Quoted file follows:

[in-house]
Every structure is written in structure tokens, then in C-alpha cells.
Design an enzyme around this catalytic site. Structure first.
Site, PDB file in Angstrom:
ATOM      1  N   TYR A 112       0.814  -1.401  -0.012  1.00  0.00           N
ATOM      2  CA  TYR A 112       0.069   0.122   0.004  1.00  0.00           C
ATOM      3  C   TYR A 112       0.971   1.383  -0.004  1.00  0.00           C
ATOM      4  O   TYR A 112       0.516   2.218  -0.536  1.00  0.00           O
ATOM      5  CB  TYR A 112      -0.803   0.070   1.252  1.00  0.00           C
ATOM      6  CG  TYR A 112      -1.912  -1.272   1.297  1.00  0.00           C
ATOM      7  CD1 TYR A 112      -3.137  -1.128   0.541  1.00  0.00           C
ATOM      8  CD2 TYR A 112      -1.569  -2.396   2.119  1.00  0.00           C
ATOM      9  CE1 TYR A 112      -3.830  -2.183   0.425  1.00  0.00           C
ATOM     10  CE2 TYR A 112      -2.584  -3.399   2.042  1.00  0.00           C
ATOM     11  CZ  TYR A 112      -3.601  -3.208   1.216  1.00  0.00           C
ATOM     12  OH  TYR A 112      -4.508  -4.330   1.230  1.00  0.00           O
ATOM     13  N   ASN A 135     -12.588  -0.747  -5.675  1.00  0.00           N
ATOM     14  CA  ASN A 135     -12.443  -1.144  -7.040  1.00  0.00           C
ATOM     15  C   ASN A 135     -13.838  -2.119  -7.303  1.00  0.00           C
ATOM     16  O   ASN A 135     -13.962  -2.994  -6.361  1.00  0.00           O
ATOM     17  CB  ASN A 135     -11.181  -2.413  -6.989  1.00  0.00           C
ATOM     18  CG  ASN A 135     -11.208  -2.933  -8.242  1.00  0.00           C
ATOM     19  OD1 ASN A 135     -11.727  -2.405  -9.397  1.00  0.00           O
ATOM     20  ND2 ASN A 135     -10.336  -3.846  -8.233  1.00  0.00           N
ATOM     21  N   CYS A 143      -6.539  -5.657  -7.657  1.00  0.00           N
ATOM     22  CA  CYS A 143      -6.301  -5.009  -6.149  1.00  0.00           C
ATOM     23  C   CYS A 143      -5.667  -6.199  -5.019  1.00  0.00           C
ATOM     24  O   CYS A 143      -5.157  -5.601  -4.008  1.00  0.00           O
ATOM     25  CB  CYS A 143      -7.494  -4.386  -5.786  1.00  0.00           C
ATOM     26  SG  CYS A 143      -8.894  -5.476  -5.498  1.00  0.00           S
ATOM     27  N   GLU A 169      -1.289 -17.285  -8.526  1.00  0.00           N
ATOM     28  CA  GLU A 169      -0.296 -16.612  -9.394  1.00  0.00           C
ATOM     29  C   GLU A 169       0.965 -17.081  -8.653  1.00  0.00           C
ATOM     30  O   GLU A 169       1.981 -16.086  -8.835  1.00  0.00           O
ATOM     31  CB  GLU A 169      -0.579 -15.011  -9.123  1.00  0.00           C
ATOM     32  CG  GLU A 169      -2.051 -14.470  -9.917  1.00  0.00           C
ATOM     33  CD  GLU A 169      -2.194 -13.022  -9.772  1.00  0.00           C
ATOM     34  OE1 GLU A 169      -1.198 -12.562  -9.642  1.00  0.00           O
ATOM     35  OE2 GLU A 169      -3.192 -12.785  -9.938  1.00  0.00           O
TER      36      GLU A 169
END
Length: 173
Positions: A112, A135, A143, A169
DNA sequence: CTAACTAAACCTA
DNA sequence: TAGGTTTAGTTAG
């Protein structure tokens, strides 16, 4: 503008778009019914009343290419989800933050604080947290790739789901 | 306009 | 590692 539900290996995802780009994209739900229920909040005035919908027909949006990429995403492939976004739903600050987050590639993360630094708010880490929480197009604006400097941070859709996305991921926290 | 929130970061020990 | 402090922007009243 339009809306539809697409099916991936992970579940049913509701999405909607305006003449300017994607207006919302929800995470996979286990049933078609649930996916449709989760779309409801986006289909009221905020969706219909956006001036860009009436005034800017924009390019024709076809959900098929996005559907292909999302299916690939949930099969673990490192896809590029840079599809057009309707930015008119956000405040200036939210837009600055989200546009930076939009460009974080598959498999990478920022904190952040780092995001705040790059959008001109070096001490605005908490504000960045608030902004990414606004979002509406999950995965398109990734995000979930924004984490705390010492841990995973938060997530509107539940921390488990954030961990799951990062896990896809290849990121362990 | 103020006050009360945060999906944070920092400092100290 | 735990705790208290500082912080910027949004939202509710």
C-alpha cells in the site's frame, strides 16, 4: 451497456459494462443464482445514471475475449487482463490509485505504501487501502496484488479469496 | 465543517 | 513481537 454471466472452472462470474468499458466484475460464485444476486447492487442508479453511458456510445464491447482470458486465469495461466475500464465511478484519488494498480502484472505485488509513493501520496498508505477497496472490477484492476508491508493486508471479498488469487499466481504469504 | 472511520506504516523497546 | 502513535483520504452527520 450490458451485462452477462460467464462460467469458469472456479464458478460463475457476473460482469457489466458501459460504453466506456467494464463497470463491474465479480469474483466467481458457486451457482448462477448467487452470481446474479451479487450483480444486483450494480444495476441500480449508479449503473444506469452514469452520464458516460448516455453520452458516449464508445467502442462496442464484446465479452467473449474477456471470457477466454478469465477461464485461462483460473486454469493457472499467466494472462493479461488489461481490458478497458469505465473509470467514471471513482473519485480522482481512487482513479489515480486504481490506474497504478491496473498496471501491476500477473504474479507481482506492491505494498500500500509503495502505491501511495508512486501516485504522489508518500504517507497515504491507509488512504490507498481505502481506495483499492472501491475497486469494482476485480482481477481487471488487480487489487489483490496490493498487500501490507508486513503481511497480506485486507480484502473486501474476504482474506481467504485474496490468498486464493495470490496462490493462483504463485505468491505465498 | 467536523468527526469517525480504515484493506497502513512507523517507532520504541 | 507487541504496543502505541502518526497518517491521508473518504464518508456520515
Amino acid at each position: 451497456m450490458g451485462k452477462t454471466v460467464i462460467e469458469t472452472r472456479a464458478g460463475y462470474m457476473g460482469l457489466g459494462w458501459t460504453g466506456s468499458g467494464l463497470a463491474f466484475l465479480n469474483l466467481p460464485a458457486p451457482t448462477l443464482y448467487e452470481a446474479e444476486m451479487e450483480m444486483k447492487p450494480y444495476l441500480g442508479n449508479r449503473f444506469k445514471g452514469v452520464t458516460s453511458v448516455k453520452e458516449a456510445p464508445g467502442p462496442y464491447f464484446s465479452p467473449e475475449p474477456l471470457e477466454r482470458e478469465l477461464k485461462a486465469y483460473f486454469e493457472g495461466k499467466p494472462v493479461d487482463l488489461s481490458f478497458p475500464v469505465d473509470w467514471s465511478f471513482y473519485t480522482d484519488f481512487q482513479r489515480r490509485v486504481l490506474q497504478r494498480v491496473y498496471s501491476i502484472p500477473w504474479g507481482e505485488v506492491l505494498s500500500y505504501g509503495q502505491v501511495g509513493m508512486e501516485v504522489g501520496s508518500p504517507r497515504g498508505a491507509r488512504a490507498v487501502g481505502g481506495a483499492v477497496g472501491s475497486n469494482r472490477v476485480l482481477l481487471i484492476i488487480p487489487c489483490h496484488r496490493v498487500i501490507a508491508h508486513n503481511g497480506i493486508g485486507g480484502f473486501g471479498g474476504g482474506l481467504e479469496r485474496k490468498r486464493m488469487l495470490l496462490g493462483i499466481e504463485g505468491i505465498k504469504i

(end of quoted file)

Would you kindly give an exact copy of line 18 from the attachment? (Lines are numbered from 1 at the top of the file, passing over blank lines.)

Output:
ATOM     14  CA  ASN A 135     -12.443  -1.144  -7.040  1.00  0.00           C